Markets, Mechanisms, Institutions, and the Future of Water

February 2001
ELR 10237
David W. Yoskowitz

Water scarcity is no longer a threat, it is a reality. Increasing populations throughout the country and the world are putting increased pressure on existing supplies of freshwater. Cities, states, and regions are scrambling to find solutions to this burgeoning problem. The impact of drought, which has been felt not only in the typically dry Southwest, but also in the humid Southeast this past summer, compounds the problem. So, what mechanisms evolve to help alleviate the problem?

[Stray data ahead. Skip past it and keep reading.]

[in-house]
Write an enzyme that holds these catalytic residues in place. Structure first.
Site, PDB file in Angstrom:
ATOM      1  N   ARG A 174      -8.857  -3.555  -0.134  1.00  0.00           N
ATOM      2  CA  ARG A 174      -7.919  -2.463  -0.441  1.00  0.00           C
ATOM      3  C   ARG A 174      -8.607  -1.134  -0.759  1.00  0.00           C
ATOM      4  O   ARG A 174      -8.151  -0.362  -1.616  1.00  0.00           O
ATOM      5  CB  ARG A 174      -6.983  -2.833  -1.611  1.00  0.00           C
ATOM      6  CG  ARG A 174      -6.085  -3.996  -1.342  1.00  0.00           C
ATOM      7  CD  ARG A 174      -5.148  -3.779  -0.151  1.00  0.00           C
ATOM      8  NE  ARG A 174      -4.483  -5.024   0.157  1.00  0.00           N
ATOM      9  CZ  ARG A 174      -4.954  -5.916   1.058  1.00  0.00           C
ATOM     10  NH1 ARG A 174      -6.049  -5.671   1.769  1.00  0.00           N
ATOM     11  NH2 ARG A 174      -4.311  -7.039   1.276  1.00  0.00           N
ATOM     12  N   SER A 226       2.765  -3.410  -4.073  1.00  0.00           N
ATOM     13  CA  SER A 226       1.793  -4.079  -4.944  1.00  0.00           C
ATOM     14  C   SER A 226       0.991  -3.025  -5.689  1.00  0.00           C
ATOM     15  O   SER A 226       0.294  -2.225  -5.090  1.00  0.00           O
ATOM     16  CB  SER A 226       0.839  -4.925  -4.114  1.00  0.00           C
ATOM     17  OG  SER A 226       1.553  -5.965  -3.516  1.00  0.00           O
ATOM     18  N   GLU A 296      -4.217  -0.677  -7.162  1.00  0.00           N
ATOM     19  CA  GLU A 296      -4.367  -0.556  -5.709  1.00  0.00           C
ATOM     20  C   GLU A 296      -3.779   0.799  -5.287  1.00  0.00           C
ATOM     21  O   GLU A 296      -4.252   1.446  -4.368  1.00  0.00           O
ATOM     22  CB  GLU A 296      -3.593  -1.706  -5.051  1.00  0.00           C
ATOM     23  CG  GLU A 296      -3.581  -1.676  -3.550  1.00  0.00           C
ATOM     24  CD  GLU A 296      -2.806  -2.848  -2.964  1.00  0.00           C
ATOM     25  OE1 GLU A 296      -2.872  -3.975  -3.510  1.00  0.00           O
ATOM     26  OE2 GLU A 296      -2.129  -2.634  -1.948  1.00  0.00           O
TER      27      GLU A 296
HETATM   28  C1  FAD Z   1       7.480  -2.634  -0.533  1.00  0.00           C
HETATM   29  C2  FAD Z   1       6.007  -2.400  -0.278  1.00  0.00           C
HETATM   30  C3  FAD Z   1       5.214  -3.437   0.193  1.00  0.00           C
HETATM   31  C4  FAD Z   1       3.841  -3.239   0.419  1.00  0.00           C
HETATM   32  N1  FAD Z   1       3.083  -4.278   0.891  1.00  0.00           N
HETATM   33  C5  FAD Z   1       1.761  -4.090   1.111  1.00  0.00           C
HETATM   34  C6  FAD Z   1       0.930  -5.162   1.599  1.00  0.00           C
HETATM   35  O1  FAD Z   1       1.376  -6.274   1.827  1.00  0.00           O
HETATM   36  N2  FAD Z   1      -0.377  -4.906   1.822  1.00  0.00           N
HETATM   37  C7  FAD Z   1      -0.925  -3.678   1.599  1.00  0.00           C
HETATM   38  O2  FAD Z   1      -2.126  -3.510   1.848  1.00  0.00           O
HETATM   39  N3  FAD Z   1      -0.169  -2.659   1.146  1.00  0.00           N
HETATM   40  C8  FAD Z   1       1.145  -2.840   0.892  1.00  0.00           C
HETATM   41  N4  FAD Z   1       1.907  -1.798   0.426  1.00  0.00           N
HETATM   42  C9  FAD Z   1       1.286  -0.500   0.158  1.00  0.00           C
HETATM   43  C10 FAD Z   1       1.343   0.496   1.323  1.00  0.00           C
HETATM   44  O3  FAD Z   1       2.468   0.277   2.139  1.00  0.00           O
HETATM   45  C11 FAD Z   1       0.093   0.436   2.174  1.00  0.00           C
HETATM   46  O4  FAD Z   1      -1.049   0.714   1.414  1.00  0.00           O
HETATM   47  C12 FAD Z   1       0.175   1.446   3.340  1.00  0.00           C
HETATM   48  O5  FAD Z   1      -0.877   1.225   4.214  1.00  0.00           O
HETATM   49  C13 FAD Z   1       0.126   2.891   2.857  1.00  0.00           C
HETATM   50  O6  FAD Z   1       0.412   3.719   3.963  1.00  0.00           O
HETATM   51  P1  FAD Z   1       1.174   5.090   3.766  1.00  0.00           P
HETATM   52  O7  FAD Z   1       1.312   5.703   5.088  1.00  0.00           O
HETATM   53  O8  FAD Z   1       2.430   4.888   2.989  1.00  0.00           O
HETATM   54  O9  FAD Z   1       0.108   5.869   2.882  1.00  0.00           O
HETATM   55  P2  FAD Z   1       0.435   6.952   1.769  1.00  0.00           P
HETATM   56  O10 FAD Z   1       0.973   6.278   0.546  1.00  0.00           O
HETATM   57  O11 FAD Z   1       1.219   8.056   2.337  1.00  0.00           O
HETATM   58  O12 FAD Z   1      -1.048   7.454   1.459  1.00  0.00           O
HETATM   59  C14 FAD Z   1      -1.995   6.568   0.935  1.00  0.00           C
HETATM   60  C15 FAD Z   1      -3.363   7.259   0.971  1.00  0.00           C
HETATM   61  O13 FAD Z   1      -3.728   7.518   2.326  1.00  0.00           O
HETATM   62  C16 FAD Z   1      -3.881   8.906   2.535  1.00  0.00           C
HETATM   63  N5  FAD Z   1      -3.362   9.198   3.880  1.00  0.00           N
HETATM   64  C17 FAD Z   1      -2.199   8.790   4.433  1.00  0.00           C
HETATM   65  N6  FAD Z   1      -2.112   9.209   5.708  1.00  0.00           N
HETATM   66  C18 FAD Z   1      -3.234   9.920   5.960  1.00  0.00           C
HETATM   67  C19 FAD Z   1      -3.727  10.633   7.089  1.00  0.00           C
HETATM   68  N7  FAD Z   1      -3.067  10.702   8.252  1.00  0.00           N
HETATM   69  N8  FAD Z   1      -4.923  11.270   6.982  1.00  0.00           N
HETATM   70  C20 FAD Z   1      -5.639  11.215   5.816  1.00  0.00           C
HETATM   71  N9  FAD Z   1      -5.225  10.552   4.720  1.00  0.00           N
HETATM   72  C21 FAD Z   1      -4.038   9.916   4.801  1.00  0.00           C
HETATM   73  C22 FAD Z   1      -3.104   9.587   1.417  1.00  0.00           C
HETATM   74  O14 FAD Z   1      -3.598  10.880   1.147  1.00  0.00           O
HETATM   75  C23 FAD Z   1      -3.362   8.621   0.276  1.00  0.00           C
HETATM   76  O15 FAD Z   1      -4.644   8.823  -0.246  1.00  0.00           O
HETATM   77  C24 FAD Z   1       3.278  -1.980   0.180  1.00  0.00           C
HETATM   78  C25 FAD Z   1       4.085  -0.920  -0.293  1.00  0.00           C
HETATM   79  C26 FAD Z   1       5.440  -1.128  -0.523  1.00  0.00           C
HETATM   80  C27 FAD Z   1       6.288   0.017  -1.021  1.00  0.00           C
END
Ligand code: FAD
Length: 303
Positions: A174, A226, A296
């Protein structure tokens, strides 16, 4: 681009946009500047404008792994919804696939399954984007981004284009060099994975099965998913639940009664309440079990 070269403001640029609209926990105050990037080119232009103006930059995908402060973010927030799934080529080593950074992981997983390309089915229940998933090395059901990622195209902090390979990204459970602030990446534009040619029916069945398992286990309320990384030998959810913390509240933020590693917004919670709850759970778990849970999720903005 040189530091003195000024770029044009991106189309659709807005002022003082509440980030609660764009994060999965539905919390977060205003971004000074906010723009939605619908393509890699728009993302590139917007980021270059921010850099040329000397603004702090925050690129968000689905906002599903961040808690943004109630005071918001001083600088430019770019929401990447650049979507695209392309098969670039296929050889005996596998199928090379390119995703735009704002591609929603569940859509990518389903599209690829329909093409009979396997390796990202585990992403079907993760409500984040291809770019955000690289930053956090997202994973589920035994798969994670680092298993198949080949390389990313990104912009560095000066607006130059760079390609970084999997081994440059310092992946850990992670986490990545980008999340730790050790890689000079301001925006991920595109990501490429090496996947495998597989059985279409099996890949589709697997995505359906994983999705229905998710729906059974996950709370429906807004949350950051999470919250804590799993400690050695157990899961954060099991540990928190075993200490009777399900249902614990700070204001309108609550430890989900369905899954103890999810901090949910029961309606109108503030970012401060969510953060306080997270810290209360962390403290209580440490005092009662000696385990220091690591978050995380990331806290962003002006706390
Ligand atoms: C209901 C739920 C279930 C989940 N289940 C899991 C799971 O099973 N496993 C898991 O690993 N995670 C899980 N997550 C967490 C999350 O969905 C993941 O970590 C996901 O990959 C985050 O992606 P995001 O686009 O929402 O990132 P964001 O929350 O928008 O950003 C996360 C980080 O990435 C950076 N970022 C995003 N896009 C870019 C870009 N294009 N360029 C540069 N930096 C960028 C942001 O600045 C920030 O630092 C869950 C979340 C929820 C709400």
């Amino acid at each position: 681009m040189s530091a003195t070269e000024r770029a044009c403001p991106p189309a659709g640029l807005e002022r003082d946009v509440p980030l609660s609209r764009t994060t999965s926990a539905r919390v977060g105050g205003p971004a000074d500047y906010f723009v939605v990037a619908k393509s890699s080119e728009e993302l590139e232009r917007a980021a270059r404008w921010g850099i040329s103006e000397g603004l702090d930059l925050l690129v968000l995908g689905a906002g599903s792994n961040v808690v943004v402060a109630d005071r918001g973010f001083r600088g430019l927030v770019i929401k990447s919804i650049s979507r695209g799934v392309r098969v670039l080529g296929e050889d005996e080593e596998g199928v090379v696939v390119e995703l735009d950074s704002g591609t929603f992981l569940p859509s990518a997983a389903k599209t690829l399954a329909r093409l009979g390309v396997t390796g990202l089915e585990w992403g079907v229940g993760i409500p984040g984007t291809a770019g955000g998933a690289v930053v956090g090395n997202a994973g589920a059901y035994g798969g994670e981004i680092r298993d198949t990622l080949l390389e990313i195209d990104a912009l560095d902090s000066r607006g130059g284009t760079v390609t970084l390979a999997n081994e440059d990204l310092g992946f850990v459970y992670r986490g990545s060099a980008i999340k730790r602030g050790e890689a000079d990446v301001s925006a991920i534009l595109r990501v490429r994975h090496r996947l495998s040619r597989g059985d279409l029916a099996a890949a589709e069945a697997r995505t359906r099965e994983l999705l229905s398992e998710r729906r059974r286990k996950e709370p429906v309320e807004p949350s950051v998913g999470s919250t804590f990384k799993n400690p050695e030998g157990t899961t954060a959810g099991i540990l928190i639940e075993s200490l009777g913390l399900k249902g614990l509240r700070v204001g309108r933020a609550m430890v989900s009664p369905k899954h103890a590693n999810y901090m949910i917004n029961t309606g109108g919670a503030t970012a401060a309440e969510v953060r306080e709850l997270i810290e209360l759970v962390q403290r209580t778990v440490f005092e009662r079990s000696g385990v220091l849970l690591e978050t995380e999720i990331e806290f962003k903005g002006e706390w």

Advances and uses of technology are one means. Desalinization and reverse osmosis processes are becoming relatively cheaper, making their adoption a reality in the near future. This assumes, however, that the user of the technology is near a source of treatable water. Another use of this technology is to treat used water. But this method would have to overcome the stigma attached to it. A number of other possibilities exist, but this Dialogue will focus on one in particular: Water marketing.

David W. Yoskowitz is Assistant Professor of Economics at Texas A&M International University.

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Markets, Mechanisms, Institutions, and the Future of Water

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